Three major employers -- Amazon, Berkshire Hathaway and JPMorgan Chase -- announced Tuesday they were partnering to create an independent company aimed at reining in health care costs.
There were almost no details available about how the company would function or how it would disrupt and simplify the complicated fabric of American health care. But there's no doubt that the companies, which collectively employ more than 1 million workers worldwide, have a real interest in ratcheting down their spending on health care. Health care premiums are split between employers and employees and have been growing much faster than wages.
Major health company stock prices tumbled on the news, putting the market on pace for the biggest two-day decline since May, and the announcement stirred excitement -- and questions -- about how the three companies could bring their clout to containing costs in the huge employer-sponsored health insurance market, which provides coverage to approximately 160 million Americans.
"The U.S. health care system is unsustainable in terms of its costs, and the entire debate by political leaders -- whether it is Democrats or Republicans -- has focused on repairing and replacing Obamacare and the ideological differences," said John Sculley, who formerly led Apple and Pepsi-Cola. "To have three of the most respected CEOs in the world step up and say that their companies are going to work together to focus on the real issues of how do you make the U.S. health care system sustainable and a better delivery of service than what we have today... it's very positive."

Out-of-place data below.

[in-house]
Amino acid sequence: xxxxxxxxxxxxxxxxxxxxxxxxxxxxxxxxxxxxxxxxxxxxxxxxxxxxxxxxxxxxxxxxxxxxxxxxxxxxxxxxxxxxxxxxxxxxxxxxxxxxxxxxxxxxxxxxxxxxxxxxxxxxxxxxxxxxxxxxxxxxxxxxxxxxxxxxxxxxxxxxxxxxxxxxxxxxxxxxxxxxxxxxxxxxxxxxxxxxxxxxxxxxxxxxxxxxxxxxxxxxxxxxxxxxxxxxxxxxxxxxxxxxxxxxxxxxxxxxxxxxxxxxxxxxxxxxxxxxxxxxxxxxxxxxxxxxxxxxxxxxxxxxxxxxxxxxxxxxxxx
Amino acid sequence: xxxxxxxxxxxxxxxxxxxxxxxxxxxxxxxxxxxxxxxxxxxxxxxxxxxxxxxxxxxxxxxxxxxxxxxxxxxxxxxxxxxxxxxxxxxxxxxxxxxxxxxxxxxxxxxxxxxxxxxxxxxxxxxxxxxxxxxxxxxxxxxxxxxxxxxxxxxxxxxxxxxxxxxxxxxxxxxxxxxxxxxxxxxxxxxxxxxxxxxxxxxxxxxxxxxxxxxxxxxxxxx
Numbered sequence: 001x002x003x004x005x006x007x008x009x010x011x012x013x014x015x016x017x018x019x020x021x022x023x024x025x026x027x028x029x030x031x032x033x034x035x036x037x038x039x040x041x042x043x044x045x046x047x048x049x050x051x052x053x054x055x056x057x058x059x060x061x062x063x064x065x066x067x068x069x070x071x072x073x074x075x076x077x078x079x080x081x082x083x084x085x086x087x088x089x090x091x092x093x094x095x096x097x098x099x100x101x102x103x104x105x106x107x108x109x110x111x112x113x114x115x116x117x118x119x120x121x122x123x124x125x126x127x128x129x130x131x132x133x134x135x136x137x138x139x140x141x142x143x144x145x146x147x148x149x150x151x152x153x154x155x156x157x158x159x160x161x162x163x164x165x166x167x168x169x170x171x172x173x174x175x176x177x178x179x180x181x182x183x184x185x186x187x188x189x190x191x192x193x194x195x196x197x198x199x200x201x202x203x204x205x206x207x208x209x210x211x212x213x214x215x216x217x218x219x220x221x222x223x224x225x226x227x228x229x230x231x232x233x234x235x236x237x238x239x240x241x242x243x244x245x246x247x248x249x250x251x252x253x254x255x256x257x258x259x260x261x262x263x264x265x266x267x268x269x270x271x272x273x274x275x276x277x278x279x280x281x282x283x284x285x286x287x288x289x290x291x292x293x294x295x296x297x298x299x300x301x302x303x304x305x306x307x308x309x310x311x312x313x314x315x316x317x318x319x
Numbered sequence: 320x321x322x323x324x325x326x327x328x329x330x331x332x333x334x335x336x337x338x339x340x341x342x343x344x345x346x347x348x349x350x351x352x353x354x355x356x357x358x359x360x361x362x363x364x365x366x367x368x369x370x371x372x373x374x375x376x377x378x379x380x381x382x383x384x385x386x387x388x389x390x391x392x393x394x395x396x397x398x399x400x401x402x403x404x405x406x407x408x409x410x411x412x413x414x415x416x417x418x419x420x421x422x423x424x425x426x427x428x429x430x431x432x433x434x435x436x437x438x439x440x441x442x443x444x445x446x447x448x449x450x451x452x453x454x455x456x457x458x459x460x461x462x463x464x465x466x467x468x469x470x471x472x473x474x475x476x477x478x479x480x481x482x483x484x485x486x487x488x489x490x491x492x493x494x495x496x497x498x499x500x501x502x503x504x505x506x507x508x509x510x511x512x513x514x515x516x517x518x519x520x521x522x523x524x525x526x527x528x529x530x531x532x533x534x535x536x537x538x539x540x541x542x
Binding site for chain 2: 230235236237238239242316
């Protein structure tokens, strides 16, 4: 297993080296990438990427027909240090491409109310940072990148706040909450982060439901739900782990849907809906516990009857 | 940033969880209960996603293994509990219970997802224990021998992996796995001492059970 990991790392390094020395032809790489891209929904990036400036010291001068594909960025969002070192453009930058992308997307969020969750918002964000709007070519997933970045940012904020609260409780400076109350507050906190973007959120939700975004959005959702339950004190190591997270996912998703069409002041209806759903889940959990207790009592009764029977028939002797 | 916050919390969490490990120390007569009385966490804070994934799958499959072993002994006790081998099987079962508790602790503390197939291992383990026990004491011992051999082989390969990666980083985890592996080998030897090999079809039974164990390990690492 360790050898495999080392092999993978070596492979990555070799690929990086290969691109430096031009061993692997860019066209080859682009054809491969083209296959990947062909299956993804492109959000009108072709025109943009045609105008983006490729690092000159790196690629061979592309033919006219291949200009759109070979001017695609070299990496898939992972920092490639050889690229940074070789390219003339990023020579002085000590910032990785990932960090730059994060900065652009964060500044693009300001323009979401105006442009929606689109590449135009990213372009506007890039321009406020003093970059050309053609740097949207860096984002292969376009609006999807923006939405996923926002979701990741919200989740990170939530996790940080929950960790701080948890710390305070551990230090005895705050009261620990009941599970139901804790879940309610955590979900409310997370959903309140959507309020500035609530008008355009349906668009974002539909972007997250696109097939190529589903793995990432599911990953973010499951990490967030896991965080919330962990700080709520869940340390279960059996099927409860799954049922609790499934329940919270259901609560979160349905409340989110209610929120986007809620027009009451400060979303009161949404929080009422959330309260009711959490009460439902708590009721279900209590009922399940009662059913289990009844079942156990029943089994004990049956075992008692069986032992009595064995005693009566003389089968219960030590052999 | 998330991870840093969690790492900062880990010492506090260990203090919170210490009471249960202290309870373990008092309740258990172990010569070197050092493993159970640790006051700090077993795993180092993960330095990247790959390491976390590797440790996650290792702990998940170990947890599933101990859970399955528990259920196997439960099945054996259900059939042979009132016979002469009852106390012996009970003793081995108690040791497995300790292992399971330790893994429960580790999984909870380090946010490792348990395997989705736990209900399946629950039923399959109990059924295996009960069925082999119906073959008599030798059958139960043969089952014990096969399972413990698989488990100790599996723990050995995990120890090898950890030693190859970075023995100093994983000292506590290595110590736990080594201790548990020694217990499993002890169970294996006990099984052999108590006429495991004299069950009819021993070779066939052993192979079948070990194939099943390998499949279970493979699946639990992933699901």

A person at one of the companies who is familiar with the matter said that this is day one of the joint venture and that specific plans will take shape over time. The person said that the joint venture is not currently expected to be a direct replacement for existing health care companies. It would not be a new health insurance company or a hospital or a pharmaceutical company, but a company that can bring the power and scale of the three organizations and technology tools to bear on making health care more transparent, affordable and simple. The person warned that could change.
"The ballooning costs of health care act as a hungry tapeworm on the American economy. Our group does not come to this problem with answers. But we also do not accept it as inevitable," Warren Buffett, Berkshire Hathaway chairman, said in a statement.
This isn't the first time big employers have tried to tackle health care costs. Two years ago, 20 major companies including Verizon, American Express, IBM and Shell Oil joined together in a Health Transformation Alliance to improve the way health care is purchased for employees. Mercer, a human resources consulting firm, runs several collectives of employers that pool their employees to purchase prescription drug benefits, using the extra leverage from having a larger group to wring better prices.
Brian Marcotte, president of the National Business Group on Health, said that one of the problems of purchasing coalitions is that the existing health care market remains very centered on the providers. The new effort, he said, might be able to change that.